If the court determines that s/he is sincere, the court informs the candidate the weightiness of the yoke of Torah, and the difficulties that are involved in its practice among the peoples of the lands. This is done in order to give the candidate the opportunity to change his (or her) mind and walk away. If, after this disclaimer has been given, he still accepts the precepts and refuses to separate, and the court sees that he is responding out of love—we accept him wholeheartedly.
In the event the court did not investigate the candidate’s motivation, or alternatively, and they neglected to inform him about the full gravity of his decision to embrace the faith, and the convert underwent ritual circumcision and immersed himself in the mikveh, in front of three commoners—this candidate is still considered as a full-fledged Jew, even if it is known he had an ulterior motive in wanting to convert.
Once that candidate already underwent ritual circumcision and immersion, he permanently loses his gentile status; however, we remain cautious of him [ the person who converted without disclosing his true intent to the court] until his integrity becomes evident. Should such a person revert to paganism, Jewish law still regards him as an Israelite in every respect; even as an “apostate Jew,” his act of betrothal is legitimate [However, even in the case where the convert to a pagan faith, he still has to undergo a ritual immersion–as a rabbinic precaution–Rema] and accept the precepts in front of three commoners.
Several important points emerge out of the above halacha. For one thing, rabbis are not necessarily a requisite for a conversion ceremony. Competent lay leadership suffices; in addition, while the tribunal has a duty to investigate, it is not necessary for them to be overly harsh and demanding when it comes to dealing with a conversion candidate. Even if the court neglects to do its part properly, the conversion remains inviolate. There is no such thing as a second class status for a person who converts; once he converts, he is the same as any other Jew, and should he sin, he is in no way inferior to a Jew in good standing.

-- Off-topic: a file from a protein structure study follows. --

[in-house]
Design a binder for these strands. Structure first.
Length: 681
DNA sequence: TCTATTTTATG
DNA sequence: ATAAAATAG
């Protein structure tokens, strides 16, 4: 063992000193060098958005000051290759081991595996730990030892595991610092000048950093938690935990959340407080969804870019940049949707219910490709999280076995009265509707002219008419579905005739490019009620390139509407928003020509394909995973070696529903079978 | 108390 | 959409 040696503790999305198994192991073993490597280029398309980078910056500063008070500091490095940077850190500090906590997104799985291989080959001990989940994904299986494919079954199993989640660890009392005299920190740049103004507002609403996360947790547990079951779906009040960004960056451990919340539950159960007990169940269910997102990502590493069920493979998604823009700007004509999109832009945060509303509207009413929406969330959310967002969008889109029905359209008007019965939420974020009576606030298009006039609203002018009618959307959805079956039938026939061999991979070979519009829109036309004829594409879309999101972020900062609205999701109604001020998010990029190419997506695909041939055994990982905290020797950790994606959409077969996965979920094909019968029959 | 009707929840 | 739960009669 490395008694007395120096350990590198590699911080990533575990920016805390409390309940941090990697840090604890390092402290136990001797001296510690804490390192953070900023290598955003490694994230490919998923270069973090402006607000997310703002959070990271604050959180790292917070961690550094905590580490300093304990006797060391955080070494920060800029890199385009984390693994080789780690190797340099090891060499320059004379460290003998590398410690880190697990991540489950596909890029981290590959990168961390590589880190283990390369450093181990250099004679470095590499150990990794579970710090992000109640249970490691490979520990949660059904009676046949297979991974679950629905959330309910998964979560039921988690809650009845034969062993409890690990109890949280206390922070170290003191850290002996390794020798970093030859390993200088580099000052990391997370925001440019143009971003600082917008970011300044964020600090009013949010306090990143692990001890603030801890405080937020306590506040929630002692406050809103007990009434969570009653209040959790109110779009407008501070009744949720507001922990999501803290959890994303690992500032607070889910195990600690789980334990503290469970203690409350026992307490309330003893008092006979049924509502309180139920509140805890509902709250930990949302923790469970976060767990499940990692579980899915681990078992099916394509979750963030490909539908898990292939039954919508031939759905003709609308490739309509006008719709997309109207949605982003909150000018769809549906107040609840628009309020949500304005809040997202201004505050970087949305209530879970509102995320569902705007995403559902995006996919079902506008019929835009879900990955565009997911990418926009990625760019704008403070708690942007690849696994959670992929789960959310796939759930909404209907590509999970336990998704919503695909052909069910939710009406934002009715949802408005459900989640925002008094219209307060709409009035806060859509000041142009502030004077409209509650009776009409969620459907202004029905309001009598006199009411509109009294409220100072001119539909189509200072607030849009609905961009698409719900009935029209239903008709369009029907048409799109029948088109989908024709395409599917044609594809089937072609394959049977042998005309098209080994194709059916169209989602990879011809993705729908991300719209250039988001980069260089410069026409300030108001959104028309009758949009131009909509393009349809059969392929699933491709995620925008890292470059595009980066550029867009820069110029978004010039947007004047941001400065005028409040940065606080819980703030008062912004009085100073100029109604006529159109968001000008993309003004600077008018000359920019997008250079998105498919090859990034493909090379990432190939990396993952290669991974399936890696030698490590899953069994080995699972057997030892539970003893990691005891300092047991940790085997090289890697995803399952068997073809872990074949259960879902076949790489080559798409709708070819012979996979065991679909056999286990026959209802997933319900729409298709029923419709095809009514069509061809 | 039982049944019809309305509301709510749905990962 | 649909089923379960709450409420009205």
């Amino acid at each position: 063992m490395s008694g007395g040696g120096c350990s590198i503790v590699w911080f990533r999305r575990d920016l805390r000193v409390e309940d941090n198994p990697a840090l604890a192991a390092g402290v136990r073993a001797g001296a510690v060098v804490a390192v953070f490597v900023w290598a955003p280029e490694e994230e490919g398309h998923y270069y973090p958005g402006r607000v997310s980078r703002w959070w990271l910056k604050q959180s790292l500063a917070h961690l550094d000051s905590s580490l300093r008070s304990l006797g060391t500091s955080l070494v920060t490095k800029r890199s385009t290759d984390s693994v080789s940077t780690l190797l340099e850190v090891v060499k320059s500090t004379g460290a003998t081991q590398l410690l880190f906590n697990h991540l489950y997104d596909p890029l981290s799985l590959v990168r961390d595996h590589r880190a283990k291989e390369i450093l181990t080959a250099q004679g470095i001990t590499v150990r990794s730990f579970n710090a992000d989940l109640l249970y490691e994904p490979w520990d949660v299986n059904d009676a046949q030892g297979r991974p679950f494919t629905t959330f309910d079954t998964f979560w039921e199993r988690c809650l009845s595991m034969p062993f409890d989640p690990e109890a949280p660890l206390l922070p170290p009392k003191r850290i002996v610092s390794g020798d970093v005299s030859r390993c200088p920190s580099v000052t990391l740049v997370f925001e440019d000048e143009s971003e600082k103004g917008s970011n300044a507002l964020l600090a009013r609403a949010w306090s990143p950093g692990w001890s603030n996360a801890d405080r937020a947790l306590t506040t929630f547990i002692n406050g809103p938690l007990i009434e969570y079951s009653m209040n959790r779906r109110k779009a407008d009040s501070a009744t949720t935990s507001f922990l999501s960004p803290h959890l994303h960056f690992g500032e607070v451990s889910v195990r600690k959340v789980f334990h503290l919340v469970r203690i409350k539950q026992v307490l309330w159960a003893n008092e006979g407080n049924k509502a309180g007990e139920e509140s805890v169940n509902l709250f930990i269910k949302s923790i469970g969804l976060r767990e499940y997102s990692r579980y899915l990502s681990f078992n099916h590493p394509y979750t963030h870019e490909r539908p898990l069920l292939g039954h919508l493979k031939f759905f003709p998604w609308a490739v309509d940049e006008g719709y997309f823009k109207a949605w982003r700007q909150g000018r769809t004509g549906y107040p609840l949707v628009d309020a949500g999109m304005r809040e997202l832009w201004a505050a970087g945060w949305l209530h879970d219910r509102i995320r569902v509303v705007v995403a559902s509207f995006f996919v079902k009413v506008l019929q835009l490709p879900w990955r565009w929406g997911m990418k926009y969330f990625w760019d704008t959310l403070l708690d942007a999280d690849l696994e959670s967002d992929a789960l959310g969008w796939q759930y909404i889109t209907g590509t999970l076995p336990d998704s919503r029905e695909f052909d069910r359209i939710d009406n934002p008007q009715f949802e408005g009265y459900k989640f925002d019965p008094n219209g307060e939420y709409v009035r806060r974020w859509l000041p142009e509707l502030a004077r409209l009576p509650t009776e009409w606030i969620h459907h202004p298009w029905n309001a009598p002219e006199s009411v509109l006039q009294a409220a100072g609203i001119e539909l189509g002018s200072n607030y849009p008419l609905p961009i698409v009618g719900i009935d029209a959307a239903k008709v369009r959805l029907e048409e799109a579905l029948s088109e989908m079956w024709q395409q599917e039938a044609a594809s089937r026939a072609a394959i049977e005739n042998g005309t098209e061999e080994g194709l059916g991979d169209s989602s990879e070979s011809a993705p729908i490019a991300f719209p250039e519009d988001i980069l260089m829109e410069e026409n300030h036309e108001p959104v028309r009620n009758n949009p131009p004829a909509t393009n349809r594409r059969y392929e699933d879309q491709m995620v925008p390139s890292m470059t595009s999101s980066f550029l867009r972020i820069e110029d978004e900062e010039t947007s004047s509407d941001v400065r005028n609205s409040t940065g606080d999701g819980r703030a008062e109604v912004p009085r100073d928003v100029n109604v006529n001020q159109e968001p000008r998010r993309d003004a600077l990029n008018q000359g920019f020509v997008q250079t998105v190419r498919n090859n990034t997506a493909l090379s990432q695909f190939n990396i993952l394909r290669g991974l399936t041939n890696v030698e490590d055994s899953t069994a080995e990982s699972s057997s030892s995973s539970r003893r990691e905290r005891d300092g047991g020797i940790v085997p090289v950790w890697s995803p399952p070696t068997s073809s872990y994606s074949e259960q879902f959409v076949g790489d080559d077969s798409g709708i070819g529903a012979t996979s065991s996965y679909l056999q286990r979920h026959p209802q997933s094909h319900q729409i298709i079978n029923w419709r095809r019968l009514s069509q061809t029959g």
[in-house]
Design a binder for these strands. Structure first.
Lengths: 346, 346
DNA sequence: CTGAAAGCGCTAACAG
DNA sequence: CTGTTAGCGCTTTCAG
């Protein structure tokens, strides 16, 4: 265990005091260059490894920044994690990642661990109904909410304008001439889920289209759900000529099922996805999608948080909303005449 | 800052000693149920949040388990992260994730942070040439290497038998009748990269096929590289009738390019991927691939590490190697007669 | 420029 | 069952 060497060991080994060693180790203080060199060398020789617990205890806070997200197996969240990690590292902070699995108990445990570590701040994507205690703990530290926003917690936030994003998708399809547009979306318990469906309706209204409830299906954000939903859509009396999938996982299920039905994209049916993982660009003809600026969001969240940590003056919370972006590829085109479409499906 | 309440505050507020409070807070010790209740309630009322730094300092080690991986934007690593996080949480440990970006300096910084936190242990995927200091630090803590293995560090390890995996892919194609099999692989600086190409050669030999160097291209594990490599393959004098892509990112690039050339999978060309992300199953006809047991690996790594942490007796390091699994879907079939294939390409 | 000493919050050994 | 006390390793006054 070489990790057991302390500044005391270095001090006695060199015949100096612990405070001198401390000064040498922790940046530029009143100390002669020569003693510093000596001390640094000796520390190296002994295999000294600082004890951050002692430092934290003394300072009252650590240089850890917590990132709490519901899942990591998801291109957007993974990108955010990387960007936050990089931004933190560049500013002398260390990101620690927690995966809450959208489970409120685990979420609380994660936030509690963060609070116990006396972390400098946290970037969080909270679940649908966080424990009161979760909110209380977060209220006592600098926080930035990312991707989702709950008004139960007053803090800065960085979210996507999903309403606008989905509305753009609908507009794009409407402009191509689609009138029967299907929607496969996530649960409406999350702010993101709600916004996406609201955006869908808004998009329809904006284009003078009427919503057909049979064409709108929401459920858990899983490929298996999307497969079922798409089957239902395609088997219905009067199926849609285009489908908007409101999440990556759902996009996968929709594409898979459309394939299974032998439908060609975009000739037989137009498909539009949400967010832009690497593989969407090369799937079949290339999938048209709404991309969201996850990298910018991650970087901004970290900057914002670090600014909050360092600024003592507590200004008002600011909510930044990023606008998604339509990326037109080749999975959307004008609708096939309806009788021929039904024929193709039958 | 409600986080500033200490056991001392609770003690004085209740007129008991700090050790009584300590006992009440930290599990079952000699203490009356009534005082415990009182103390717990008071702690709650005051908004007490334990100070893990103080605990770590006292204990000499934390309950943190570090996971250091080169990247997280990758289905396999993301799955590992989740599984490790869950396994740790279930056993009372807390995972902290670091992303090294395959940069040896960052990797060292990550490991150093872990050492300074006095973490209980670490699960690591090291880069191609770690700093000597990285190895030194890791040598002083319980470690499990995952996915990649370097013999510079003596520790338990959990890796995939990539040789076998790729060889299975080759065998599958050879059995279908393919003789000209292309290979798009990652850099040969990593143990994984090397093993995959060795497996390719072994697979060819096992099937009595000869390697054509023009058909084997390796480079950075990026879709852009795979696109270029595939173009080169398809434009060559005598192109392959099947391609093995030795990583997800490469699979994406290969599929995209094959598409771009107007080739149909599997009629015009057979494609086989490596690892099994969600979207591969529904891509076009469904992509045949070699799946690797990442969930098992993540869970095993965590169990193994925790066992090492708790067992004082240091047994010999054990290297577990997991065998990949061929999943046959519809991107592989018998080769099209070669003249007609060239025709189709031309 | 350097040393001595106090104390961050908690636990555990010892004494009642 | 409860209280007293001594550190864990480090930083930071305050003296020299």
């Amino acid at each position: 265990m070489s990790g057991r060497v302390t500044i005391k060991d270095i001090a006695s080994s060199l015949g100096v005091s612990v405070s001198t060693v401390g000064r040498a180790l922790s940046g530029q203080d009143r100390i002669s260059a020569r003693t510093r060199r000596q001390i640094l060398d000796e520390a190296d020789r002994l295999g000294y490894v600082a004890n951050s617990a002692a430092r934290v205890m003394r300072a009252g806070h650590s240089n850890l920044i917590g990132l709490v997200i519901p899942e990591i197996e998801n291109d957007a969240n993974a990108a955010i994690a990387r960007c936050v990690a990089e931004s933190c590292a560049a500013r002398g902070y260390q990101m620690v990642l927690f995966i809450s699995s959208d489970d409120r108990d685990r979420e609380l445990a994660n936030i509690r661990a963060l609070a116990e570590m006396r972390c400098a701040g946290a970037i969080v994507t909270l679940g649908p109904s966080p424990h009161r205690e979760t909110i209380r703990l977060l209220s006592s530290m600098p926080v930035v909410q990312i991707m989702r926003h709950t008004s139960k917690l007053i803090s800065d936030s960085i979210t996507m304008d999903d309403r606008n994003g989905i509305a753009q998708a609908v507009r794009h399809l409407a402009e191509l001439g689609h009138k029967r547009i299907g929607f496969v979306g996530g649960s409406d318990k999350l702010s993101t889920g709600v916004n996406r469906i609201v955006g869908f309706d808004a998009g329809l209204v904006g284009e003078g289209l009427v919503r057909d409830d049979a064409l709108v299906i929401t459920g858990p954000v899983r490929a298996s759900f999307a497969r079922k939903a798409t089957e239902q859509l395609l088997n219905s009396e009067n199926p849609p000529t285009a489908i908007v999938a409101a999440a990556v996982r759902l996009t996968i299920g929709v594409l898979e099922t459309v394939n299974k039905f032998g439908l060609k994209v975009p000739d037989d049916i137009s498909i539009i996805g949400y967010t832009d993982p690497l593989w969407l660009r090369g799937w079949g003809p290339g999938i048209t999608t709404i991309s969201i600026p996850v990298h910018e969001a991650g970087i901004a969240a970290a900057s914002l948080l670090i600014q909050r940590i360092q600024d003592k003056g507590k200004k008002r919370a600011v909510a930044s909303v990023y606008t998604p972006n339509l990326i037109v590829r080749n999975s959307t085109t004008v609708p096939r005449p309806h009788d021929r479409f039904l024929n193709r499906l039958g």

Note that even in the extreme case of apostasy, the door remains open for the person to return; the second immersion is purely a ceremonial procedure, symbolizing the individual’s desire to renew his commitment to Judaism. At no time ever is the rabbinic court entitled to behave as law-enforcers who will micromanage the “Jew by choice,” and there is no doubt the rabbis would have been horrified if any of their colleagues ever behaved in such a distrustful manner. We may surmise that if today’s Haredim rabbis ever bothered to read this passage, they would see that their denial of today’s Orthodox converts runs contrary to Jewish law.
What is the real issue here? The Haredim are not interested in Halacha, they are really interested more in control; they wish to be the sole interpreters of Jewish law—and as far as the Orthodox rabbis who differ from them are concerned, damn them! The Haredi agenda is by no means limited to just Israel; they wish to impose their doctrines on the entire world Jewry—through any means possible, whether by persuasion or by blackmail and extortion.
Music offers a powerful interpretive way of viewing our society. Inspired by Sting, I decided to rewrite one of his songs as a parody of what is taking place in Israel, London, and elsewhere in the world—the Tallibanization of Orthodox Judaism. Here are the key expressions for our readers to learn:
Minhag = Orthodox custom; Mitzvah = divine commandments; shul = synagogue; psak din = legal decree that comes from an Orthodox rabbinic court; chumra = Halachic stringency; kula = a liberal halachic interpretation.
We’ll Be Watching You 8)
Every breath you take
Every move you make
Every minhag you break
Every step you take
We’ll be watching you
Every single day
Every word you pray
Every mitzvah you say, “Nay…”
Every shul you stay
We’ll be watching you
O can’t you see
You belong to we
Your heart will break with every psak din we make
Every move you make
Every Haredi vow you break
Every chumra you fake
Every kula you stake
We’ll be watching you